Salk Institute for Biological Studies


Senyon  Choe

Senyon Choe

Structural Biology Laboratory



Professor Senyon Choe joined the Salk Institute in 1993 as the first member of the Institute's newly initiated Structural Biology Laboratory. Choe uses X-ray crystallography as a major tool to determine three-dimensional structures of biologically important molecules. He and his colleagues also study the relationship between a molecule's fine structure and the functions it carries out.

Among Choe's recent interests is the study of molecules that bind to specific cells to instruct them to carry out functions. An extension of this work will explore the possibility of designing new molecules that can be delivered specifically to modulate sick cells. His group also has done pioneering work on the molecular structure of an ion channel, important to many physiological functions ranging from heart rate to nerve cell communication.

"Biological messages are written and delivered between cells by messenger molecules in the body. The two messenger systems we are focusing on are called ion channels (for e-mails) and protein hormone receptors (for snail mail). By visualizing these messengers to better understand how such messages are coded for specific delivery, we can create brand-new messages of our own."

The premise that "form follows function" became a mantra for numerous leading architects and industrial designers during a good part of the last century. In biology, evolution operates according to a similar premise because forms with better functionality are likelier to be selected. Trying to understand the relationship between a molecule's fine structure and the functions it carries out, Choe and his colleagues use x-ray crystallography and NMR spectroscopy to zoom in on ion channels and receptors in the cell membrane to visualize how they interact with messenger proteins. Recent work focused on analyzing the three-dimensional structure of a whole protein complex to illustrate how TGF-beta, a messenger molecule that plays a role in cancer, the immune system and heart disease, binds to its receptor molecules on specific target cells to instruct them to do its bidding. An extension of this work explores the possibility of designing new messages to instruct cells to carry out non-natural processes such as coaxing differentiated cells back into an immature, pluripotent state. These types of newly created messages will have tremendous clinical potential as guiding molecules.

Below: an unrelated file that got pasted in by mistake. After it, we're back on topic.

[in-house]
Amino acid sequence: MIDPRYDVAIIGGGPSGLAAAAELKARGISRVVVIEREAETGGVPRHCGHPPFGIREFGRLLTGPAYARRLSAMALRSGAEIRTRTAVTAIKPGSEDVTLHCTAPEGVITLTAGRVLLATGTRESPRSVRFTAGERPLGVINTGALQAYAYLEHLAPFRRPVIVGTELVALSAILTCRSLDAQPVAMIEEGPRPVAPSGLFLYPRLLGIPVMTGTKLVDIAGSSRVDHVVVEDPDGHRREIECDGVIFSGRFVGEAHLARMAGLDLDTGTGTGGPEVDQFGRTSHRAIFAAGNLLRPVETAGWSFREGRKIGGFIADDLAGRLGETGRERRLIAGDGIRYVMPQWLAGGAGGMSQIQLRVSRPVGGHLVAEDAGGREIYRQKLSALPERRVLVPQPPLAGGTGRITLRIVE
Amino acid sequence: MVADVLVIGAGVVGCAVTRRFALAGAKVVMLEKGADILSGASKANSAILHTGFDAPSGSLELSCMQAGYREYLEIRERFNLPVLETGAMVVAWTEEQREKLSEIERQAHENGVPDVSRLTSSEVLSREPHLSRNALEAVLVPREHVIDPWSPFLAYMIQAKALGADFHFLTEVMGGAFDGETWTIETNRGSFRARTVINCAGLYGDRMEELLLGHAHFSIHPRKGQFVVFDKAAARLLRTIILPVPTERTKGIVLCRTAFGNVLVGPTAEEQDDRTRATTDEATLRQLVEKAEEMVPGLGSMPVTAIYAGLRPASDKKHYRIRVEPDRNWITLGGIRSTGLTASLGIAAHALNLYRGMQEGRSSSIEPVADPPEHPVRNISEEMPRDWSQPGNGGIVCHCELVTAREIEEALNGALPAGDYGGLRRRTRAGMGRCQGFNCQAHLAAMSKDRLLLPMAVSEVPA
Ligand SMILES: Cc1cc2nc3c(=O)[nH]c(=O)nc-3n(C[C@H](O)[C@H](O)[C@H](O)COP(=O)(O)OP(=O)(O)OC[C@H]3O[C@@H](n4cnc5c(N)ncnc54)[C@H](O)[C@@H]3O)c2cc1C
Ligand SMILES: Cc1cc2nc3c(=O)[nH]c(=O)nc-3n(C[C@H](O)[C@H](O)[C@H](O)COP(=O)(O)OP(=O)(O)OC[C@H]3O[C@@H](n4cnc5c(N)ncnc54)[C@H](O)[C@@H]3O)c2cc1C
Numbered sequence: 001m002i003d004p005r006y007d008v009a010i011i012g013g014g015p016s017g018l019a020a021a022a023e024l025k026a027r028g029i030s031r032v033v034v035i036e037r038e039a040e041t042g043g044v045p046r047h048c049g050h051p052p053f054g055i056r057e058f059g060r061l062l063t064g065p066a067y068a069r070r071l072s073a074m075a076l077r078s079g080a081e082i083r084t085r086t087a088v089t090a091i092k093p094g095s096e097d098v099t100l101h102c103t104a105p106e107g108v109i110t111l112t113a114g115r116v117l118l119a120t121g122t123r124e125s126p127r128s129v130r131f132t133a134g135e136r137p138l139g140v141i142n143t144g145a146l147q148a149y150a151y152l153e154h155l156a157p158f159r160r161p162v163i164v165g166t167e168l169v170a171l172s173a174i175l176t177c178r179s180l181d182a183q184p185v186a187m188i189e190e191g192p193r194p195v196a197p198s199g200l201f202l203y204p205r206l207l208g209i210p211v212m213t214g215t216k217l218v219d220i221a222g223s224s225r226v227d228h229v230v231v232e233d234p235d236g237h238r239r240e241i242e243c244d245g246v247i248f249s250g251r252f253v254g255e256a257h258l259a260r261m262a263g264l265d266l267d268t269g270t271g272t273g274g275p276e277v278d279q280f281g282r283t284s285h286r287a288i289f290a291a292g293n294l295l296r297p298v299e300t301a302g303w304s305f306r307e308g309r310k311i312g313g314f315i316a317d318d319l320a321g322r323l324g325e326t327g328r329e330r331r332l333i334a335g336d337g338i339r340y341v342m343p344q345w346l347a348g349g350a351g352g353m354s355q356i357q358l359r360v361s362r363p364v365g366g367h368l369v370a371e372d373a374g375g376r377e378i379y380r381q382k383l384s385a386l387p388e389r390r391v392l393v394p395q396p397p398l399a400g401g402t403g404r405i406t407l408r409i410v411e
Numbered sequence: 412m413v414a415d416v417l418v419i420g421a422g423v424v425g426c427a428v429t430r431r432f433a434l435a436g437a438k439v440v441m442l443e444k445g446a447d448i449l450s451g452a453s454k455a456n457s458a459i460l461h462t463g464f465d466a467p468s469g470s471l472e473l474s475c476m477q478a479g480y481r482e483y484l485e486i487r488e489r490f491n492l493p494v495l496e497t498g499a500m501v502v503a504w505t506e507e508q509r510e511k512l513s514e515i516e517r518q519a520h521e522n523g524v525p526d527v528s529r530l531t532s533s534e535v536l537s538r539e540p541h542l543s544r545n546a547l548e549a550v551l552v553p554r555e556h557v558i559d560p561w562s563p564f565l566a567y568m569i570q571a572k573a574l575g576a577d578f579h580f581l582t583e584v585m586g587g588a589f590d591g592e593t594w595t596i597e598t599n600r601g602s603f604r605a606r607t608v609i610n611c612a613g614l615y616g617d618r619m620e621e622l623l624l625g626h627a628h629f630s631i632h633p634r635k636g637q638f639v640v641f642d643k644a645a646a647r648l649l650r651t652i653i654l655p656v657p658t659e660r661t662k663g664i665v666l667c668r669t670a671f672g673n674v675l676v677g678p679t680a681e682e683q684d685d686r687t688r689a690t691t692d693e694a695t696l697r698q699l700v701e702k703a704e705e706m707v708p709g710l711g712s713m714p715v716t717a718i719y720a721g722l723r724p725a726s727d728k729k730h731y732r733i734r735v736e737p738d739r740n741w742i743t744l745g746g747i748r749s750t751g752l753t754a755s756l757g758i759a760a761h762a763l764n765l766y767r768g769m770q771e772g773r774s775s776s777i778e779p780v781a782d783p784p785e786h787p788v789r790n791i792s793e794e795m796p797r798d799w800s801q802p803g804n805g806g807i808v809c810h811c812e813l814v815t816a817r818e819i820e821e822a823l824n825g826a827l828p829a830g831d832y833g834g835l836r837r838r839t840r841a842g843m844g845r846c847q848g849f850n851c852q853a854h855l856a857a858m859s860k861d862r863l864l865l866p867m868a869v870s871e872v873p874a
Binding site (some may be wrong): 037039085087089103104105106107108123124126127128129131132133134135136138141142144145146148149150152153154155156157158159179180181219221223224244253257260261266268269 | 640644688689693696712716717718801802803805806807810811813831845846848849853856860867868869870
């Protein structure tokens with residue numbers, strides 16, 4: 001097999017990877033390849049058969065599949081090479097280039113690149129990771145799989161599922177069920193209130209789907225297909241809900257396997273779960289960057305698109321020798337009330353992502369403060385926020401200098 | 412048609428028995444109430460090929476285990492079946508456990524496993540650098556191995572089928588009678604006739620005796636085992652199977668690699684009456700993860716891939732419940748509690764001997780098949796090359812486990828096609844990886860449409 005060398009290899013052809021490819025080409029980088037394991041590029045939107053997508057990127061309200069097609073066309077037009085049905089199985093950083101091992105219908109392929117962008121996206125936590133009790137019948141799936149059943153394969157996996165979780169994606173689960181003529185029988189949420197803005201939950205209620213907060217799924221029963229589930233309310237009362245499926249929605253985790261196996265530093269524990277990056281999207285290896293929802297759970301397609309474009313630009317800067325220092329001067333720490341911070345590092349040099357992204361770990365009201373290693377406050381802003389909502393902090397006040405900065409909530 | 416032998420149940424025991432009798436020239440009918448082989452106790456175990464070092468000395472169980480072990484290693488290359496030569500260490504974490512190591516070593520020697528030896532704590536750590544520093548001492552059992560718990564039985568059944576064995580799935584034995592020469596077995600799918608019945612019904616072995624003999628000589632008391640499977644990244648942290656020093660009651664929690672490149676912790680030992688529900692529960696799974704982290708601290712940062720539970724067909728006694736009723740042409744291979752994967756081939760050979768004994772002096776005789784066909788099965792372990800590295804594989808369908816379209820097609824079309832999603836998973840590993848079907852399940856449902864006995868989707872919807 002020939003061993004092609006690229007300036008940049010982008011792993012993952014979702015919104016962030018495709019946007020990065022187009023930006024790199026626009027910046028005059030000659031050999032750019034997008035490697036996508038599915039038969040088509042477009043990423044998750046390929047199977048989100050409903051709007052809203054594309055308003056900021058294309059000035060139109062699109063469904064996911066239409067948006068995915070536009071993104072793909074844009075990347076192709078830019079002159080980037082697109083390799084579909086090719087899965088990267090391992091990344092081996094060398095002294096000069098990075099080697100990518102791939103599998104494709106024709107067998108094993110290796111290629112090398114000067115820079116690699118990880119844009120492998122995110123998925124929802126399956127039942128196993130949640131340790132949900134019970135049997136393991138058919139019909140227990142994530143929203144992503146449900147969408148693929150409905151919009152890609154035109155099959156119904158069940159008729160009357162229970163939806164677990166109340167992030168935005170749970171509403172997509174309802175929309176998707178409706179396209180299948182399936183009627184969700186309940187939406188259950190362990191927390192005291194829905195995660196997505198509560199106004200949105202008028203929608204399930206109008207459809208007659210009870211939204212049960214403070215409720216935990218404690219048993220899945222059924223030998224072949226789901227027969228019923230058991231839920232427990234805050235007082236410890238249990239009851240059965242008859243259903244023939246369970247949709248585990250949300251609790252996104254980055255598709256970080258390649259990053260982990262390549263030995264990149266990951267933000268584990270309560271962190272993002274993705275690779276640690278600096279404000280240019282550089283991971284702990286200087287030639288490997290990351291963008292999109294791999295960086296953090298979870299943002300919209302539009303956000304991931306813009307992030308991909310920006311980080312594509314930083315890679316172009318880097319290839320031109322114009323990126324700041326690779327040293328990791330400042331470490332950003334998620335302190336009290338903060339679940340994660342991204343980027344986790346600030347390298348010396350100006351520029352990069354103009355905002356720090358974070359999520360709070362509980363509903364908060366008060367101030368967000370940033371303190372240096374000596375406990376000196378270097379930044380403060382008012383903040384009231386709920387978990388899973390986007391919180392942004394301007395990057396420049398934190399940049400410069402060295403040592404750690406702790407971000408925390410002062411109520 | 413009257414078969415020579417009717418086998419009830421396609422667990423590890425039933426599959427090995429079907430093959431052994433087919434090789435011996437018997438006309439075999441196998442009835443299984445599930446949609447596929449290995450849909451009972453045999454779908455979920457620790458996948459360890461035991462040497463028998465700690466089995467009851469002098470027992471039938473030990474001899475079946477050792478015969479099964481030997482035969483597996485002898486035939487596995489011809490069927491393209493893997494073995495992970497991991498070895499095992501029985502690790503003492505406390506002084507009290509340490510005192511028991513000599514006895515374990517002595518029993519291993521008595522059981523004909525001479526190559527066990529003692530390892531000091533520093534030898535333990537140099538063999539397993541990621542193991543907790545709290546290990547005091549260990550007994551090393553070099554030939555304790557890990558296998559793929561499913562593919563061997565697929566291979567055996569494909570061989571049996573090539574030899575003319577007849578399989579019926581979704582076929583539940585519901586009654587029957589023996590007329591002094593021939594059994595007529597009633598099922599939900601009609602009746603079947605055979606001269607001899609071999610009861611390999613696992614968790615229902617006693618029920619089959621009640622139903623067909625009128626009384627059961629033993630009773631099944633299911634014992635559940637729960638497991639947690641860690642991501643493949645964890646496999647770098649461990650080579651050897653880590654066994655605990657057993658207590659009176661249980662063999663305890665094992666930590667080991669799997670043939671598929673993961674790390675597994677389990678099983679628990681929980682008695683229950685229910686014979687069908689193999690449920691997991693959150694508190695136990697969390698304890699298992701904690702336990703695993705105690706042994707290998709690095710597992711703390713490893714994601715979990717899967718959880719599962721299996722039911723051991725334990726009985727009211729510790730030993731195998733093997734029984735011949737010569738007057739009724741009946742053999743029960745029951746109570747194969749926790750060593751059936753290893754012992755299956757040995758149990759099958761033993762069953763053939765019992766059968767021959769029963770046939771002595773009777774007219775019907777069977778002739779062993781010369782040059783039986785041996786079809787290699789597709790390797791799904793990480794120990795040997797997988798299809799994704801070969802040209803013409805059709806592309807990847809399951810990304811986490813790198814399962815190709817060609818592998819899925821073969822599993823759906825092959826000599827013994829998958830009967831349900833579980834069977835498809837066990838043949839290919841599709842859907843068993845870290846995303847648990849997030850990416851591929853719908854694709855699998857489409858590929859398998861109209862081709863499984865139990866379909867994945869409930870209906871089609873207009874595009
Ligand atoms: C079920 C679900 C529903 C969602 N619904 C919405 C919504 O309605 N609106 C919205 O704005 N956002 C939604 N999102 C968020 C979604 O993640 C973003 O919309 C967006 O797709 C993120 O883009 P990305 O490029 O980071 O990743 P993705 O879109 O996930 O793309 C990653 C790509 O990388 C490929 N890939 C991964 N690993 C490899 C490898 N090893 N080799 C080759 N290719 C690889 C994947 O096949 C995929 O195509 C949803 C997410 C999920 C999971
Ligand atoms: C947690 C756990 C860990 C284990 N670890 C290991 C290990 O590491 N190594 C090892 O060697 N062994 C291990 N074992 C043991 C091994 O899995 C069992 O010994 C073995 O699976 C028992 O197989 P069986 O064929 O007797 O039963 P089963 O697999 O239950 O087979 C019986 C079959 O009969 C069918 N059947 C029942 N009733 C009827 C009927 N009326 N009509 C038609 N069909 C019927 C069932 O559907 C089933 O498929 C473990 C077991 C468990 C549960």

Human integral membrane proteins (hIMPs) are attached to the membrane surrounding each cell, serving as gateways for absorbing nutrients, hormones and drugs; removing waste products; and allowing cells to communicate with their environment. Many diseases, including Alzheimer's, heart disease and cancer, have been linked to malfunctioning hIMPs, and many drugs, ranging from aspirin to schizophrenia medications, target these proteins. These receptors and ion channels are extremely hard to produce and hence notoriously difficult to study, but Choe's group recently developed a new technique for rapidly determining their structure. Knowing the exact three-dimensional shape of hIMPs allows drug developers to understand the precise biochemical mechanisms by which current drugs work and to develop new drugs that target the proteins.

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